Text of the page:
Wednesday, September 28, 2011

Handy and Dandy But Not Just For Fun

While we wait for a cure, the improvement of diabetes care using medical technology is very important to our family.  It isn't to be trendy or to become digi-heads.  I am only interested if I feel it will actually help either one of my children in obtaining a higher quality of life.  To me, a higher quality of life includes the ability to feel better emotionally or physically.  After all, our invisible disease can wreck havoc on not only our bodies but our minds too.

When our youngest daughter was diagnosed in 2006, we were immediately given a box of syringes by our hospital nurses.  In the initial learning trainwreck, these tiny BD Ultra-Fine II needles were very intimidating.  The 1/2 unit markings were difficult to see and as parents giving their first injections, we were terrified to draw and dispense an incorrect dose.  A few weeks in and we were old pros.  Something about 6 injections per day will do that to you.


After a few months of reviewing the massive logs of poking, it seemed like there had to be a better piece of technology.  After a few nights of googling, I stumbled across the I-Port.  One slightly larger needle inserted cannula allowed a port to be open with which to insert the syringe.  Brilliant!  The port cannula immediately reduced the number of pokes from a three day total of 18 to 1.  Our daughter loved it with the exception that the port often became unglued when she entered any body of water, even the nightly shower would wash it off.


This brought us to researching our first insulin pump.  The Johnson and Johnson Animas 2020.  At the time (2007) it dispensed the smallest amount of basal insulin.  For a three year old, this was incredibly important as her total body weight was not quite 30lbs.  Her tiny size combined with toddler eating habits made long lasting insulin dangerous to the degree that a smidge of a unit was often too much.  The Animas 2020 helped to solve the MDI issue by allowing us to shut off basal rates at night and to keep her safe while her body fluctuated in the honeymoon state.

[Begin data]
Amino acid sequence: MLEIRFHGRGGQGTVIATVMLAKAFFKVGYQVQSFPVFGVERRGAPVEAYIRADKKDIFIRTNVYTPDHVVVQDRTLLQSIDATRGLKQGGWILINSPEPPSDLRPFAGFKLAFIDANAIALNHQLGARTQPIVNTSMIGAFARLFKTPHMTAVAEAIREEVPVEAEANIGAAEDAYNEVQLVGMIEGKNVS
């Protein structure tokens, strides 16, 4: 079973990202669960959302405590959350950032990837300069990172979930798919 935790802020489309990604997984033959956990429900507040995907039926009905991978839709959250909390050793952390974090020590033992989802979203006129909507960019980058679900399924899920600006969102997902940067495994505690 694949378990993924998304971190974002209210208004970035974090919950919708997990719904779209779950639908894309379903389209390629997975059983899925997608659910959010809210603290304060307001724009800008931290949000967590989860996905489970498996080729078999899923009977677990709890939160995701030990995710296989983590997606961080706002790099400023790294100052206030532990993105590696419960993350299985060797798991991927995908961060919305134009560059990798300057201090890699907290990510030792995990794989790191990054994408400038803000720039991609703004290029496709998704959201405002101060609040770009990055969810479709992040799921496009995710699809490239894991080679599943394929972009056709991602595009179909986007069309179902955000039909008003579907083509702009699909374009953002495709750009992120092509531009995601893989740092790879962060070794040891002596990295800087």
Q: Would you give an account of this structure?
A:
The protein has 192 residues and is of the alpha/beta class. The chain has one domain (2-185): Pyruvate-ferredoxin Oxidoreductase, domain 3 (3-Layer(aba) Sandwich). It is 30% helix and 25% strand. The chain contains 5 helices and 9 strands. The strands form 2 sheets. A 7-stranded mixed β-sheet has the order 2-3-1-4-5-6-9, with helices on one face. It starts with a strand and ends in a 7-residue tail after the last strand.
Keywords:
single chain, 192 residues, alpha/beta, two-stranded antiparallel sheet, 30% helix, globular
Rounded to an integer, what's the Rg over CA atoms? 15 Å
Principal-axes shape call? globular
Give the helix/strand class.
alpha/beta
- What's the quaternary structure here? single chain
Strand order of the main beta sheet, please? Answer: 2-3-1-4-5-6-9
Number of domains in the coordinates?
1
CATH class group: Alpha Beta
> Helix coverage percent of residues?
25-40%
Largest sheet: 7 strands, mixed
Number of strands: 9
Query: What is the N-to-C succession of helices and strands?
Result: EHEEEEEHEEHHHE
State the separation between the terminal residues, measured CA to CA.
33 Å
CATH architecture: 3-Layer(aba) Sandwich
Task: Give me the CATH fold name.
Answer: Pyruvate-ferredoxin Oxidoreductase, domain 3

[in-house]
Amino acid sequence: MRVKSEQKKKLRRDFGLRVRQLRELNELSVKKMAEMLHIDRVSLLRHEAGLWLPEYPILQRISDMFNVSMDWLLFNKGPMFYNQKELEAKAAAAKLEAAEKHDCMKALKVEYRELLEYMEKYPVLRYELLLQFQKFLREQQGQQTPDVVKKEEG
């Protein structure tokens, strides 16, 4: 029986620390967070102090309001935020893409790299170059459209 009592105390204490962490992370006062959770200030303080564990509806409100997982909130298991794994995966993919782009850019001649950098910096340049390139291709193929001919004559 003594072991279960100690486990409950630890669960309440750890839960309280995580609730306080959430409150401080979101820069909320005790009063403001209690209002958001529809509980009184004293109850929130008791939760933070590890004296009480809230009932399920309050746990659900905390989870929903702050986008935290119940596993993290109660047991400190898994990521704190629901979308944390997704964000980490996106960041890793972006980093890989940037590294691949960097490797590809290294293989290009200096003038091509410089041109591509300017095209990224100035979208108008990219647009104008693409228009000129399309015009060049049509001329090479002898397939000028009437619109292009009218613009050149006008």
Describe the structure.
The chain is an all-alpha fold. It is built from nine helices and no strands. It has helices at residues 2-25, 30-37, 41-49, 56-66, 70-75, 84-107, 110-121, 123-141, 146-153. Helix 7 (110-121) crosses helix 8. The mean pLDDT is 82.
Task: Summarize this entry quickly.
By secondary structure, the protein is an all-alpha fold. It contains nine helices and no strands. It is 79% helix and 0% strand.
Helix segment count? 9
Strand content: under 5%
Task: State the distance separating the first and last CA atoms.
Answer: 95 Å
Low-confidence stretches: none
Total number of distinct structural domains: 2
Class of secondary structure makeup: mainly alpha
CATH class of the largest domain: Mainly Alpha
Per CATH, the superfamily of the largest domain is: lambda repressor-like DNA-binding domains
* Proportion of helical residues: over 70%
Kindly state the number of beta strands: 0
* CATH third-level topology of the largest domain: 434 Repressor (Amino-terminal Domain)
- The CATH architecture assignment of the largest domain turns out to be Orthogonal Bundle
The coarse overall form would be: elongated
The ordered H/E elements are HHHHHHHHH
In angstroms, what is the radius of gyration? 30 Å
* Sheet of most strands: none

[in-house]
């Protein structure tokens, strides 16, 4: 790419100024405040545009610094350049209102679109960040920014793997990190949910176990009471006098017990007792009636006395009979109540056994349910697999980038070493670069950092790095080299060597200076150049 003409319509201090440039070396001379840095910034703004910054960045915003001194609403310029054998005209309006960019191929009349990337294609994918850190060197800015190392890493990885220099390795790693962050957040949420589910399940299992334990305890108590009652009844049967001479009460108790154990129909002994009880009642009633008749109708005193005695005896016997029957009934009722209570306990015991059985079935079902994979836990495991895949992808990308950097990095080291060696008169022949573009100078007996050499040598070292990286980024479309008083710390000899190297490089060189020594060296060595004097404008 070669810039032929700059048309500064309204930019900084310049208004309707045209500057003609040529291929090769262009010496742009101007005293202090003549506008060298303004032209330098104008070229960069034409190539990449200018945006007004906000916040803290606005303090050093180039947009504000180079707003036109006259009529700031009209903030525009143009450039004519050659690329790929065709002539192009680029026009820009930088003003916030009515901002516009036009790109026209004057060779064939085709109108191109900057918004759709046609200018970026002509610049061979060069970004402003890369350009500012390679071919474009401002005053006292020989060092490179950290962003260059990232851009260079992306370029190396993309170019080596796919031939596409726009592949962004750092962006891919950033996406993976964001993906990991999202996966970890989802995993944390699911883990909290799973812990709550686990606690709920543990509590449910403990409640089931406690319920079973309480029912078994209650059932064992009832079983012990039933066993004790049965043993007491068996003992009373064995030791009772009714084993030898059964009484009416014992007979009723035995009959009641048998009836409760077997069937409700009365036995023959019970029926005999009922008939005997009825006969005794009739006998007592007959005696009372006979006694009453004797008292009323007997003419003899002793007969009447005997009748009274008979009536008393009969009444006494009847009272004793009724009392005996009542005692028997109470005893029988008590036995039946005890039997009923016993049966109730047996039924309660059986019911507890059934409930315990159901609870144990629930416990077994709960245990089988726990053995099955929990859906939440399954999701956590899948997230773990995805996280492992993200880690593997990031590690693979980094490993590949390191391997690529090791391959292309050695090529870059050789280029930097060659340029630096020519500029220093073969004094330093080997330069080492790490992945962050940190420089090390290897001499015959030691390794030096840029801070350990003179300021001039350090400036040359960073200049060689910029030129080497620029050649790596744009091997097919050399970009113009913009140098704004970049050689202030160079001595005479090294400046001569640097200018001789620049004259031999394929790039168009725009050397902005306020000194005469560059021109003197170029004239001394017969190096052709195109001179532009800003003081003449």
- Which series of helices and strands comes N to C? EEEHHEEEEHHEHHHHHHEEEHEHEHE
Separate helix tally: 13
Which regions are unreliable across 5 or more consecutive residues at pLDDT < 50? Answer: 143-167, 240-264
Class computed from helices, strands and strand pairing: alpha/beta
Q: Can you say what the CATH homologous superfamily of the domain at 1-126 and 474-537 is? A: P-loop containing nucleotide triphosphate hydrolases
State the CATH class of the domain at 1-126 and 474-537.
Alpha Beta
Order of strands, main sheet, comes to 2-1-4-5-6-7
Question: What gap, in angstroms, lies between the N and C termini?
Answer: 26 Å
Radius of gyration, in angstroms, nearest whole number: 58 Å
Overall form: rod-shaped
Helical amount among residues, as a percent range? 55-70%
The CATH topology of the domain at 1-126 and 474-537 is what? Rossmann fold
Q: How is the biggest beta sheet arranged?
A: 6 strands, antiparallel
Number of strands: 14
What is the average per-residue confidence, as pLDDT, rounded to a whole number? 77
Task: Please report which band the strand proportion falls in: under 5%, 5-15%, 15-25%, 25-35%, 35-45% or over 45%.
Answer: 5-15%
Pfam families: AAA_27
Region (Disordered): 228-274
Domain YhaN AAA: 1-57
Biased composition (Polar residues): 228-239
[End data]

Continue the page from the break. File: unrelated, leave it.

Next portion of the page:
A little more than one year later (2008), a new pump from J&J went on the market.  The pump was named the Animas Ping.  With all of the features of the Animas 2020, it also had a new feature referred to as a meter/remote.  The remote, which was also a One -Touch meter, allowed the user to stand away from the child and simply direct in a bolus of insulin much like using a remote to change television stations on a t.v., hence "pinging" the signal and correct dose.  We loved it!  It freed the school staff from having to remove a pump from under a dress or to have us parents stop a child in mid-play to be dosed for a cracker. 


About two years later, our oldest daughter was diagnosed at age 8.  Instantly, we started her on an Animas Ping.  Nothing like sisterly sharing.  It only made sense to share diabetes supplies and keep things consistent in our house.  The upside was that all training occurred at home and as soon as Fed-Ex made a delivery, our oldest daughter was off and pumping.  At age 8, this was a life-saver.  Puberty, growth hormones and sports have made pumping even more necessary.

As our older daughter grew, we realized that pumping alone wasn't enough to combat the barrage of physical changes and exercise demands.  Our research online and through discussion with other adult's with Type 1 Diabetes led us to the DexCom 7 Plus Continuous Glucose Monitor.  Truly, this is the best invention that we have found yet.  The CGM allows us to reduce the number of blood glucose checks while still watching the monitor for unexplained high and low blood sugars.  Both of girls now wear their CGMs to after school functions, sleepovers, field trips and vacations - places that used to be difficult to manage the highs and lows without a million little checks.


We await new proposed technology such as the Animas Vibe which is only available in Europe.  The Vibe combines the best of pumping with an integrated CGM. 


As a mom, I am hoping for the day where I can review both of my daughter's blood sugars from a remote location with perhaps an I-phone App.  I have also heard of a meter product that will one day be integrated into a new car, enforcing the rule that good blood sugars must be in place before getting behind the wheel. There is also the promise of a closed loop pump which sounds promising.

My mind is wide open to the variety of ways to manage "our" (children's) type 1 diabetes.  The only thing that I scoff at is the widely Internet circulated natural cure using vinegar or cinnamon.  If there was a cure, we would all have been on top of it by now!

While a cure is our distant light, modern technology keeps our future bright.

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